Still another ex-enlisted man, L.E. Hallock “...told of the infliction of the cure upon a dozen natives...He said they were captured and tortured in order to secure information of the murder of [an American soldier who was tortured before his death]. When asked the effect of the treatment, he testified that “The stomach would swell up, and in some cases I witnessed blood come from the mouth.”106
Initially, Secretary of War Elihu Root had denied all the allegations of abuse. However, less than two months later, Secretary Root had substantially changed his position. In light of the testimony that had been presented to the Senate Committee, he directed the Judge Advocate General of the Army to take proper steps, and he directed the Army commander in the Philippines that ”... nothing can justify or will be held to justify the use of torture or inhuman conduct of any kind on the part of the American Army. "
Root issued the following directive to the commander of U.S. troops in the Philippines on behalf of president Roosevelt.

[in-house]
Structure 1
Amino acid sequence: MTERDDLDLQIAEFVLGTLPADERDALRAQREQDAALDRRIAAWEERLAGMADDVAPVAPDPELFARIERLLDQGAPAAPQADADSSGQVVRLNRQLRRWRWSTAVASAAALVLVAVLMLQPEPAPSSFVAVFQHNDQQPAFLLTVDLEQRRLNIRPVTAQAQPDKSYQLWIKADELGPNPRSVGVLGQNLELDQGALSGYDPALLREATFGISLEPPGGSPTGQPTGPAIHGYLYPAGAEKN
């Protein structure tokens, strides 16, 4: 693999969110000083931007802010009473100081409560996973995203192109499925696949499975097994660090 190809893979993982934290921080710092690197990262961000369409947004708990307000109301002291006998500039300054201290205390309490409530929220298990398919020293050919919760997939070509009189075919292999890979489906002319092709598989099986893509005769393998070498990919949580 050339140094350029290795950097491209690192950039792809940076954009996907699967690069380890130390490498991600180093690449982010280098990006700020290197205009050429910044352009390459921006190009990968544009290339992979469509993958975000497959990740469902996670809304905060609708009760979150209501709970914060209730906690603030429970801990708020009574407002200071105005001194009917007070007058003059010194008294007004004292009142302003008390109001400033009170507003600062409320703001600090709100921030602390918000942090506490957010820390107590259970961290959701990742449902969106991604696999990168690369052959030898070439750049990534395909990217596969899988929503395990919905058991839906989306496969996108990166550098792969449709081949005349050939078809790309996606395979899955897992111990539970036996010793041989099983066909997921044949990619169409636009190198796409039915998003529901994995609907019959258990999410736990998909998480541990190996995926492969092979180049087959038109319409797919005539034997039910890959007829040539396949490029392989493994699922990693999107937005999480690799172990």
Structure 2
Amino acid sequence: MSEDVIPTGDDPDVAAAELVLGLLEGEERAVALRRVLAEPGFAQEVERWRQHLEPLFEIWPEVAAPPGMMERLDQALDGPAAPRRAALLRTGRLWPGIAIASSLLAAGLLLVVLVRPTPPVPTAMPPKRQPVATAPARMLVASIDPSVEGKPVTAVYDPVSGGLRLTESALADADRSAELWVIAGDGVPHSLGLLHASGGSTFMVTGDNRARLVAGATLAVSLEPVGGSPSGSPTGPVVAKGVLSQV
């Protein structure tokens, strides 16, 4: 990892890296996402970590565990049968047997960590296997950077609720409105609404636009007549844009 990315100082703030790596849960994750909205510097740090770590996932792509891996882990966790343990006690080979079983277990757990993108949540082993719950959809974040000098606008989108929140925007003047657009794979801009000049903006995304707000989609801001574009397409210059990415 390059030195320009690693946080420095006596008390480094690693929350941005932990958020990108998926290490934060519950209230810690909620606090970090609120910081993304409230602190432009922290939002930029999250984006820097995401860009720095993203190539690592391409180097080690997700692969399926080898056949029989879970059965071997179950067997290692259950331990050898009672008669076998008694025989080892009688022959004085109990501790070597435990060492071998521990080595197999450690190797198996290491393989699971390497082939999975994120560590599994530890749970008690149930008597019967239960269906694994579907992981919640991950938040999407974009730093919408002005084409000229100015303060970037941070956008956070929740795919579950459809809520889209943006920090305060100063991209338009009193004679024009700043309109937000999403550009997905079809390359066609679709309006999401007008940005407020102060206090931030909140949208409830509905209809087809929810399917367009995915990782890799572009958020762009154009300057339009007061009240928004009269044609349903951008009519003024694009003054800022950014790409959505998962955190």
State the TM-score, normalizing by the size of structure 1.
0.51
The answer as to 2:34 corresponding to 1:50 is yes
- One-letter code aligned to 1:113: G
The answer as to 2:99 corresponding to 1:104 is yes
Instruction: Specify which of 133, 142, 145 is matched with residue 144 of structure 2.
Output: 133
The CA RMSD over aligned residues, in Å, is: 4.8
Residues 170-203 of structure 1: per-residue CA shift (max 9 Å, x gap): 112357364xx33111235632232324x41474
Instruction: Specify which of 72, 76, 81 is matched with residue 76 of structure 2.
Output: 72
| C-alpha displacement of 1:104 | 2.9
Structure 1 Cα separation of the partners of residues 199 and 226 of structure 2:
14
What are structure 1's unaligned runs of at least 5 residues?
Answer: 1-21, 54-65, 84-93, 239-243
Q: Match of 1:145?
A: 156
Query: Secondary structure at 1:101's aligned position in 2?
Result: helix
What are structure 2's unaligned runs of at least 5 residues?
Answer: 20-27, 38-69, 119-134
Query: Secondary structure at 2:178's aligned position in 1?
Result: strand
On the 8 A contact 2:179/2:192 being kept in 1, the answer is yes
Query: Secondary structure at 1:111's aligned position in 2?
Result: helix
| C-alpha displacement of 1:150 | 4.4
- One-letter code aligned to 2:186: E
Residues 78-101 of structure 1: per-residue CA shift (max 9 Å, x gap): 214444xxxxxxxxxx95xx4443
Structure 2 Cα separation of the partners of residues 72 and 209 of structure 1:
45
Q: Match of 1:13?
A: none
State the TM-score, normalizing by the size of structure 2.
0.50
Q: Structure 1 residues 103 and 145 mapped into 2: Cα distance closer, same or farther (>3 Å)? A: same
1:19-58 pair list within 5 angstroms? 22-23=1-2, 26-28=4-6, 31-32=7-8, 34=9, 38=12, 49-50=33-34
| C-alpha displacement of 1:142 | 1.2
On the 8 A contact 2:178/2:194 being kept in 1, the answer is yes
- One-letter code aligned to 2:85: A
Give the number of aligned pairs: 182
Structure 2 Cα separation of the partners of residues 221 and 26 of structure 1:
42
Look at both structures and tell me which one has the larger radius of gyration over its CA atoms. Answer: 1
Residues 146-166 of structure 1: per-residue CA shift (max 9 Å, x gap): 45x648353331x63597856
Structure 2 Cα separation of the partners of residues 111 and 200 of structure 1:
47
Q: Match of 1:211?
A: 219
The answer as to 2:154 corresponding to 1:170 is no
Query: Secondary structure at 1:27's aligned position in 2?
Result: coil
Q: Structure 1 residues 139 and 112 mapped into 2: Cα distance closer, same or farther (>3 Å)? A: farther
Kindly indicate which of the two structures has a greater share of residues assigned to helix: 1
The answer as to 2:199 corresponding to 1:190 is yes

The President desires to know in the fullest and most circumstantial manner, all the facts, nothing being concealed and no man being for any reason favored or shielded. For the very reason that the President intends to back up the army in the heartiest fashion in every lawful and legitimate method of doing its work he also intends to see that the most rigorous care is exercised to detect and prevent any cruelty or brutality, and that the men who are guilty thereof are punished. Great as the provocation has been in dealing with foes who habitually resort to treachery, murder and torture against our men, nothing can justify or will be held to justify the use of torture or inhuman conduct of any kind on the part of the American Army.